The following is the seventh post in a new blog series from Exterro CEO Bobby Balachandran, where he shares his thoughts on the issues legal leaders care about and his vision for addressing them. Read Bobby's last blog here.
In my last blog, I covered the exciting advancements we’re making with the Forensics Toolkit (FTK®)—things like amplifying our current capabilities with new AI to develop a “Smart Investigator” addition to help with internal and criminal investigations. We’re working on making a phenomenal tool even better, and have many fantastic things planned for the rest of the year (and beyond).
But part of the magic of FTK is that it was already the best digital forensics tool on the market before AccessData joined with Exterro—and one of the best at keeping the bad guys off the streets.
That latter point was a big draw for us as a company (and for me personally) as we’ve always prided ourselves on the work we do with our local community. And to be able to expand and grow that mission to include helping stop terrorism and cybercrime is something we’re embracing and taking very seriously.
FTK helps with both white-collar crime and the proverbial “bad people in the streets.” Let’s take a look at a couple ways FTK helps law enforcement catch criminals, and how businesses can use our tool to track down bad actors (both internally and externally).
The Digital Bloodhound
Whatever the crime is, the bottom line is that investigators are looking to retrace a person’s digital footsteps. And to begin an investigation, evidence is needed. You might need to know what’s on someone’s computer, what they’ve downloaded, what information they’re storing and frequenting, what they’ve encrypted, and where they’ve been online. Our technology acts like a bloodhound, able to track down where they’ve been and what they’ve been doing to provide a trail of evidence.
I’d like to use a real-life example. In 2012, the Aurora Police Department used FTK to uncover the intent of James Holmes, who shot and killed movie-goers at a late-night screening of The Dark Knight Rises. The lead computer forensics investigator of the Aurora Police Department, Detective Mike Leiker, used FTK to uncover information from his Google Chat history, his laptop, and his mobile devices—information that proved without a doubt the suspect’s guilt.
“With the help of FTK, I could quickly preserve the evidence, which later was crucial evidence to proving intent during trial,” said Det. Leiker in a case study.
I’m particularly proud that FTK is able to process this information much more quickly than our competitors, which means less time investigating and more time apprehending the suspect.
“Without FTK, finding the evidence in this case would have taken significantly longer,” said Det. Leiker. “FTK made it possible to more quickly find the critical evidence to convict a killer and bring a little bit of closure to the victims impacted by this tragedy.”
New products like Quin-C will allow officers to start a review of their own evidence and collaborate with one another to give lead investigators a head start. We’re looking to help cut time analyzing the integrity of the data. Faster processing and more active collaboration means law enforcement is able to prove the quality of their evidence more quickly so they can put the bad guys away faster.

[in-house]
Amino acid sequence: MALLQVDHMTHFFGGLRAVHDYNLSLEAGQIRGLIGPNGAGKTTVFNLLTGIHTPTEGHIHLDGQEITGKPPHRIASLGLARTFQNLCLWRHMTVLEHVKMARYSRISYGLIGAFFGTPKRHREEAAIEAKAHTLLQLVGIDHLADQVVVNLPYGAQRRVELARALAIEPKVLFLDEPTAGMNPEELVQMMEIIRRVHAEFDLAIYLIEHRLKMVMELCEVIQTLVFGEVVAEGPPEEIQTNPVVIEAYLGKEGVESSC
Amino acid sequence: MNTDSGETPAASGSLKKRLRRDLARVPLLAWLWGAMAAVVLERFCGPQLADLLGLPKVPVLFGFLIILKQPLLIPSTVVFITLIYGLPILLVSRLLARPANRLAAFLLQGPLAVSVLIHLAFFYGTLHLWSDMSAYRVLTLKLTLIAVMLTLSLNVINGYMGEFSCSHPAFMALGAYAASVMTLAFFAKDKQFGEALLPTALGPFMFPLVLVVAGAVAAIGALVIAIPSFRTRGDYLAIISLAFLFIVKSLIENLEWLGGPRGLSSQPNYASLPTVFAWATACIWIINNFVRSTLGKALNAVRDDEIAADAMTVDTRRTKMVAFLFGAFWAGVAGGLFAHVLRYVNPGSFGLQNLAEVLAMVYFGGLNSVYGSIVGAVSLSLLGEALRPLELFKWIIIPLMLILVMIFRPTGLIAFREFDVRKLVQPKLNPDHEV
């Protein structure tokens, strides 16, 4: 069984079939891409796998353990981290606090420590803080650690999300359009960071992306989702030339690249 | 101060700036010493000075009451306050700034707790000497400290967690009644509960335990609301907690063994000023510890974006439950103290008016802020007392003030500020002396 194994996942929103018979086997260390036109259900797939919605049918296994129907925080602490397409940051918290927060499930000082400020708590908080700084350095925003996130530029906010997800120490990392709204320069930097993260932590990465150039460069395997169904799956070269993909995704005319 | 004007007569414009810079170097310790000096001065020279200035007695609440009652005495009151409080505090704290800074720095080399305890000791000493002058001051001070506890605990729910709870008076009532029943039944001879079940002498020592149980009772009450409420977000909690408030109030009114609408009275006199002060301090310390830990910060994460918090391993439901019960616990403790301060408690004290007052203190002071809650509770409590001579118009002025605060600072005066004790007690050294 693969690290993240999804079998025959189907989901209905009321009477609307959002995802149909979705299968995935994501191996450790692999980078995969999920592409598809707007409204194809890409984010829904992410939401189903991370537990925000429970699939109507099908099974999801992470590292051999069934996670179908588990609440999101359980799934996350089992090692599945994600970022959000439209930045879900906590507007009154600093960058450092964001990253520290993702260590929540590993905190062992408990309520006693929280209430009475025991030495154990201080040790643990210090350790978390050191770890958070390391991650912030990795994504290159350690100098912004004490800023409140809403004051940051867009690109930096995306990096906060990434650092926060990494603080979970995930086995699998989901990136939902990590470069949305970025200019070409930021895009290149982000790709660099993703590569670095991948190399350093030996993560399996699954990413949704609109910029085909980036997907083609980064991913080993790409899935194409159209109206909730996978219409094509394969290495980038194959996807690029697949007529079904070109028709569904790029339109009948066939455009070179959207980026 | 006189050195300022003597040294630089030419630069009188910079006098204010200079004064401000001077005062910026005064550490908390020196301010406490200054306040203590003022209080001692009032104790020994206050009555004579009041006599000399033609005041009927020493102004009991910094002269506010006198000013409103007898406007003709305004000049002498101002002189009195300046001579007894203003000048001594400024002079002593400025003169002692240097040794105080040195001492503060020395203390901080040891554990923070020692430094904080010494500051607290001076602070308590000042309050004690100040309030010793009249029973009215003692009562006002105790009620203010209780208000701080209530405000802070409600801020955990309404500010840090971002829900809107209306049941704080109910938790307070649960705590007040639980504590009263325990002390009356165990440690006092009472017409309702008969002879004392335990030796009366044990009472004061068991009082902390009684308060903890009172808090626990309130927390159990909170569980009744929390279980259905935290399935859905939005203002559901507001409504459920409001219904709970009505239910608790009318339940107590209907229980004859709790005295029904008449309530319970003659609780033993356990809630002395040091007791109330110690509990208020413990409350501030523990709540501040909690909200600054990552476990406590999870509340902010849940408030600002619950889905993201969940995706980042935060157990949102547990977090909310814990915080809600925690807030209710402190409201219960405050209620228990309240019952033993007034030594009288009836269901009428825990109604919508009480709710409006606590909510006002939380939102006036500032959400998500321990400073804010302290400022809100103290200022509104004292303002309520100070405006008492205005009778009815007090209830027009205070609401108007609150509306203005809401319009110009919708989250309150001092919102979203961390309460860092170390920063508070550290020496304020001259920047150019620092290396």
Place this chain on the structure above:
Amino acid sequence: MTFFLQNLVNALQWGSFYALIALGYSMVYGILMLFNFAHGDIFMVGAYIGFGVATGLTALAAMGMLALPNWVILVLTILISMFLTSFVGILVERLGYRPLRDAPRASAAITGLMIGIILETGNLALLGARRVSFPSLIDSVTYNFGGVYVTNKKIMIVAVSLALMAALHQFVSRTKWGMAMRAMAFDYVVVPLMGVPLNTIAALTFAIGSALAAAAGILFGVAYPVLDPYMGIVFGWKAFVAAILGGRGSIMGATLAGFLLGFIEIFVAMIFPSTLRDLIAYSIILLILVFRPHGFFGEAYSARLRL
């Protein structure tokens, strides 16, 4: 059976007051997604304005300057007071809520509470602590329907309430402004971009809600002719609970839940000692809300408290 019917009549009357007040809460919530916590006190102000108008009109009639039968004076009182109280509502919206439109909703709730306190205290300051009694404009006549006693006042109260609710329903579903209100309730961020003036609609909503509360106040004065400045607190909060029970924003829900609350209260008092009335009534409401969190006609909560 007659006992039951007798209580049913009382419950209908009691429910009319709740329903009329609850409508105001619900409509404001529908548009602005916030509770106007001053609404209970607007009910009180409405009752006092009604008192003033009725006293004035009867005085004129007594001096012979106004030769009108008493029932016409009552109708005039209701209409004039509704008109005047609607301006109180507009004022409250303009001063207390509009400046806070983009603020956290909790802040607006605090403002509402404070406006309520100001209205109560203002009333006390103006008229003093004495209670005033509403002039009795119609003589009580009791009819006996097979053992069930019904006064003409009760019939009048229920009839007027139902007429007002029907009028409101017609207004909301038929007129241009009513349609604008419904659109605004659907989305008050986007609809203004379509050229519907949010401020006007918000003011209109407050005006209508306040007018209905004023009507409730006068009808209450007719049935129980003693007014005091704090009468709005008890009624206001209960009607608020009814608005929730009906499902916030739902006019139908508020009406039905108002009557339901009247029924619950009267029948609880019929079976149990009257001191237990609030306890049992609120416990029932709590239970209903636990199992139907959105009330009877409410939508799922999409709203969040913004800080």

Faster analysis is vastly more important today for another reason: the amount of data for caseloads have increased as well, creating backlogs. Senior police officers from England and Wales have stated that the amount of data they have to deal with for cybercrime doubles approximately every 18 months. These surging challenges require nimble solutions that leverage the most powerful processing technology on the market, so that departments are able to do more with less in their forensics investigations—and cut through the slog of data that each new case brings.
Police and law enforcement agencies require digital forensics solutions that enable their investigators to collaborate in real time and from any location to work more efficiently. Tools that help law enforcement professionals carry out these investigations in smarter, faster ways—while maintaining data security and integrity—is the key to dealing with the increasing data volumes and ensuring the timely closure of each case.
Tracking Down Bad Actors Inside the Business
Unfortunately, businesses must not only deal with malicious breach threats, but threats from within. Some employees, for whatever reason, may end up souring on a company and seek to leave with sensitive business data—or do something more nefarious. In these instances, internal investigators are looking at their own servers and intranet, unless the employee does something to alert someone that they obviously have bad intent.
In these cases, investigators are typically looking for data movement: something moving outside the organization. This could be an employee sending information or uploading company information or an external server. In cases like this, AD Enterprise can allow investigators to track digital movements from remote locations. We aren’t able to prevent these things from happening—it’s hard for any software to guarantee that, if the employee is savvy enough—but investigators will be able to figure out what happened, through which system endpoints it happened, and what must be done to prevent it from happening again.
And with our expansive list of APIs, we can integrate with enterprise cybersecurity alert software that can help prevent or detect a breach, allowing users to automate collections and take snapshots of what’s happening before the perpetrator is able to figure out what’s happening.
With cybercrime, there’s a lot to cover. In my next article, I’ll be discussing how Exterro has built an industry-leading Incident and Breach Management module, and how greater visibility into live data directly at the endpoints means faster and more targeted investigations.